Defending American Culture From Kim Jong Un Is a Job for Washington, Not Sony

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There is an overt ridiculousness about North Korea that, by making it the subject of kitsch, has shielded the regime from the full brunt of its deserved moral opprobrium. The North Korean regime is not only the source of inadvertently comic propaganda but also ghastly torture. And so the revelation that the regime was employing terrorist threats to stop a James Franco–Seth Rogen movie was initially greeted as a hilarious joke — which, in a sense, it is — before a colder reality has slowly settled in: A totalitarian regime has just successfully exerted control over American media. Another studio has immediately canceled a North Korea–themed project. Others will follow. American film is now being effectively vetted by Pyongyang.

The disturbing sequence of events has led some critics to flay Sony Pictures for its cowardice in the face of threats. Sony may not be a profile in courage. But it has its reasons. In the unlikely (but far from impossible) event that terrorists carried out their threat to attack a showing of the film, the legal liability to Sony would be immense.

This is not to defend Sony’s decision, but to point out that there is a mismatch here between the public interest at stake and the private interests who are positioned to act on it. Sony is a for-profit entity, and not even an American one, that effectively has important influence over American culture. We don’t entrust for-profit entities with the common defense. And recognizing that the threat to a Sony picture is actually a threat to the freedom of American culture ought to lead us to a public rather than a private solution.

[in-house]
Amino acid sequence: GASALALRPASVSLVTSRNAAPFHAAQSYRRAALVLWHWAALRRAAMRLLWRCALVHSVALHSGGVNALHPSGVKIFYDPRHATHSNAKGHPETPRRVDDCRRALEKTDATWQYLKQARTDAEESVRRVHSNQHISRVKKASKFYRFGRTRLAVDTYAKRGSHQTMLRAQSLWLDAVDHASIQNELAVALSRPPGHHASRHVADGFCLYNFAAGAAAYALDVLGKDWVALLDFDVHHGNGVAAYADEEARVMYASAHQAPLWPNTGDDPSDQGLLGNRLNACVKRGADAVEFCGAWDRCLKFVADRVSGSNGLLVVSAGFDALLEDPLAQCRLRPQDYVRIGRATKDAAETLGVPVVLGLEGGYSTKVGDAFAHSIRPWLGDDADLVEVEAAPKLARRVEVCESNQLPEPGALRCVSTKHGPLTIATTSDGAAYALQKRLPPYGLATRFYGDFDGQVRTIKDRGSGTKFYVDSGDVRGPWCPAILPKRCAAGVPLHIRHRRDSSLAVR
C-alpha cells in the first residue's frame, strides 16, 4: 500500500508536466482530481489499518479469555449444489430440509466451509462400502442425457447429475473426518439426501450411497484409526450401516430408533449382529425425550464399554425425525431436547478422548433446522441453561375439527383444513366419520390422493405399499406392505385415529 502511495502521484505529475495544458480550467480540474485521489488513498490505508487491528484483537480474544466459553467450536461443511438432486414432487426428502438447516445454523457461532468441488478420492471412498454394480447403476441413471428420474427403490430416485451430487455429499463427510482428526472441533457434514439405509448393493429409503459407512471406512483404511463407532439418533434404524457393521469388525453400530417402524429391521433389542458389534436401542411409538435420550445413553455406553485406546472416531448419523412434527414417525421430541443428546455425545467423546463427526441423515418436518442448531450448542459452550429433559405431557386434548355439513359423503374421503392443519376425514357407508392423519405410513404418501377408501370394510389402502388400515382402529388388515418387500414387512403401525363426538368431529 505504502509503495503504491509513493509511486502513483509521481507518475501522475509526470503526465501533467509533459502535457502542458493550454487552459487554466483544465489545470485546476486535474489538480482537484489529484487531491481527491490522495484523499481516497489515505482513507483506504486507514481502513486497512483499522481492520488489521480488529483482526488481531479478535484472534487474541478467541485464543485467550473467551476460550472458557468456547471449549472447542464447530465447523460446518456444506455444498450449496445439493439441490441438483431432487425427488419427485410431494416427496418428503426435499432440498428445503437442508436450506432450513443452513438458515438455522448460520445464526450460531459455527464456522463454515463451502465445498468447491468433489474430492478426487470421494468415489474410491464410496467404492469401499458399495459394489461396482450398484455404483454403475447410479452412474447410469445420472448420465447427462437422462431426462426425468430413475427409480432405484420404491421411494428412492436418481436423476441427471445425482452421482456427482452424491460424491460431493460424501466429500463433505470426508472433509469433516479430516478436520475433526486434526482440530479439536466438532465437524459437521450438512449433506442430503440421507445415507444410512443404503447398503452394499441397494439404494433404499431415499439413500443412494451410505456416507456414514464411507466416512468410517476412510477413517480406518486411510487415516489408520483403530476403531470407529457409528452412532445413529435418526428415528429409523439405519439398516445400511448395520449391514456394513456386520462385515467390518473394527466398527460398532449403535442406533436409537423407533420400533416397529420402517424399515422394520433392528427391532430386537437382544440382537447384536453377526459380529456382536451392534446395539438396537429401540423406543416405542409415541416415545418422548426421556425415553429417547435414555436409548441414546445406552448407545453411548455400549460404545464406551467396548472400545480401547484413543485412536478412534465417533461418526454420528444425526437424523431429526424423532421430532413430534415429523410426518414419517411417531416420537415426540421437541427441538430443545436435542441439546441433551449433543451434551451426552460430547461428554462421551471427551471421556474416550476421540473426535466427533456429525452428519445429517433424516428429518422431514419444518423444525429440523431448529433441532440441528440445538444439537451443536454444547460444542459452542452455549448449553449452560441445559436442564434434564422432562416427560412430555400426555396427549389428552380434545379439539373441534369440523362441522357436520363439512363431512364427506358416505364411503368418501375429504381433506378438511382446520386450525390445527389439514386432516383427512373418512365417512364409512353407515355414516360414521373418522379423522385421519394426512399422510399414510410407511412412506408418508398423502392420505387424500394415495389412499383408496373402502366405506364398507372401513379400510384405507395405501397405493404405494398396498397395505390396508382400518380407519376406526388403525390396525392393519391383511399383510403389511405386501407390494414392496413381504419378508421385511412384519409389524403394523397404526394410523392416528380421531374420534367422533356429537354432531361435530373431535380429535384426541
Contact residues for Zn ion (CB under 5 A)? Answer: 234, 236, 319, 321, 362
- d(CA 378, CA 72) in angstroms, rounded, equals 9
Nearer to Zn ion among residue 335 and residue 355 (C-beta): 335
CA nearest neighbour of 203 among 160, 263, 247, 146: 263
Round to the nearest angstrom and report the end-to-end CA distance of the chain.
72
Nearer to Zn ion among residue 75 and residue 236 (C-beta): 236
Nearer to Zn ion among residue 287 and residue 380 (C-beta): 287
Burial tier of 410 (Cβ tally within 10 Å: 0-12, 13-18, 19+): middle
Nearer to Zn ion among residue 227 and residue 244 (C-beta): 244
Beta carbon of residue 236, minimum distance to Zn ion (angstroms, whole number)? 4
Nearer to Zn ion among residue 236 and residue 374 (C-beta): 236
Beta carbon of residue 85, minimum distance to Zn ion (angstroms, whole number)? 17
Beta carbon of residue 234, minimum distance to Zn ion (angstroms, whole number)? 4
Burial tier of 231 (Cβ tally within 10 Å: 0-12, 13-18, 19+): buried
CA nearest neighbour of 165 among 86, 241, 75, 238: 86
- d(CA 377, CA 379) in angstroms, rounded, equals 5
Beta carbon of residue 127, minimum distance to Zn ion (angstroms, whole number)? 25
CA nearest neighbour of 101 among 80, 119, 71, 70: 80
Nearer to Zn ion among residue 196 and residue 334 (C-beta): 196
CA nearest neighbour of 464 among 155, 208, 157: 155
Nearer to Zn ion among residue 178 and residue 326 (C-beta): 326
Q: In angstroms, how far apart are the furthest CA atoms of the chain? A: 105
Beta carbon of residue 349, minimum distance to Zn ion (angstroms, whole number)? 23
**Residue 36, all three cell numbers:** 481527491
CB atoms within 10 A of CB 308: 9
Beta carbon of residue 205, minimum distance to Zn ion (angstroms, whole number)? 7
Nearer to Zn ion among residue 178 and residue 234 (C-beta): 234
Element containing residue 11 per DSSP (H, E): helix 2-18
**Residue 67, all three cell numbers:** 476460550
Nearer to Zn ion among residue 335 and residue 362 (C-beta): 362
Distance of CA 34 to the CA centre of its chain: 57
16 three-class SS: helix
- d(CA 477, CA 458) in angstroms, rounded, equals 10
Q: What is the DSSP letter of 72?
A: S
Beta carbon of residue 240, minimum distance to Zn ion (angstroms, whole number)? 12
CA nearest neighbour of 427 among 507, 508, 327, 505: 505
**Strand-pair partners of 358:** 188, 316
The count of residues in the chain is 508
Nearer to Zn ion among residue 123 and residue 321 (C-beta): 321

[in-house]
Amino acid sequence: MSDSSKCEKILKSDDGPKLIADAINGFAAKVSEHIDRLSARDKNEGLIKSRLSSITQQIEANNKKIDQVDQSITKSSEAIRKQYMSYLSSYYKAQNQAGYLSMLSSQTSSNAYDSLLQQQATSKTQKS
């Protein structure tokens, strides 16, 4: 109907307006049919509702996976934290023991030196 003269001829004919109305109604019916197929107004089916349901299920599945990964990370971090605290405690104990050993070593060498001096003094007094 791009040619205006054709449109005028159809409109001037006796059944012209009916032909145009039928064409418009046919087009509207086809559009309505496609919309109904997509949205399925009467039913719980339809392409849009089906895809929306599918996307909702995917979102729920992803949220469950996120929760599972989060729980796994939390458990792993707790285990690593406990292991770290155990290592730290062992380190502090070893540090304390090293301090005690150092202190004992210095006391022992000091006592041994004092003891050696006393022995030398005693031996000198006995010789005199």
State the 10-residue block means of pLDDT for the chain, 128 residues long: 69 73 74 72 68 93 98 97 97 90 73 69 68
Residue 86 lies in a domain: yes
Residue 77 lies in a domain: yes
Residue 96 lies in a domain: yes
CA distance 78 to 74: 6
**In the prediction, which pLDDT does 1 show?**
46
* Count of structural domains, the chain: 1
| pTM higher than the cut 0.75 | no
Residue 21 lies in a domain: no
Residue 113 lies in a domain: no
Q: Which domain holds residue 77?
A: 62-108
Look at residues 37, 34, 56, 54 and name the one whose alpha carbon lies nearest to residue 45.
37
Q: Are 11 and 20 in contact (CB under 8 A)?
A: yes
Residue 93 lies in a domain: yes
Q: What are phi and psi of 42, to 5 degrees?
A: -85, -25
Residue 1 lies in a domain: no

The federal government should take financial responsibility. Either Washington should guarantee Sony’s financial liability in the event of an attack, or it should directly reimburse the studio’s projected losses so it can release the movie online for free. The latter solution has the attractive benefit of ensuring a far wider audience for the film than it would otherwise have attracted.

The fiscal cost of backstopping Sony, against the backdrop of the federal budget, would be insignificant. There is also precedent for government reimbursement for private businesses affected by terrorist attacks — Washington bailed out the airlines, who were only indirect victims of the September 11 attacks — not to mention innumerable businesses harmed by natural disasters.

The awfulness of these events is buried beneath multiples layers of humor. The very existence of a Marxist government with a hereditary king is morbidly hilarious — let alone that this child-hermit-king, who unsuccessfully attempts not to be funny, feels threatened by people who are funny on purpose. But, as Charlie Chaplin knew, there can be humor in even the most horrifying things in the world.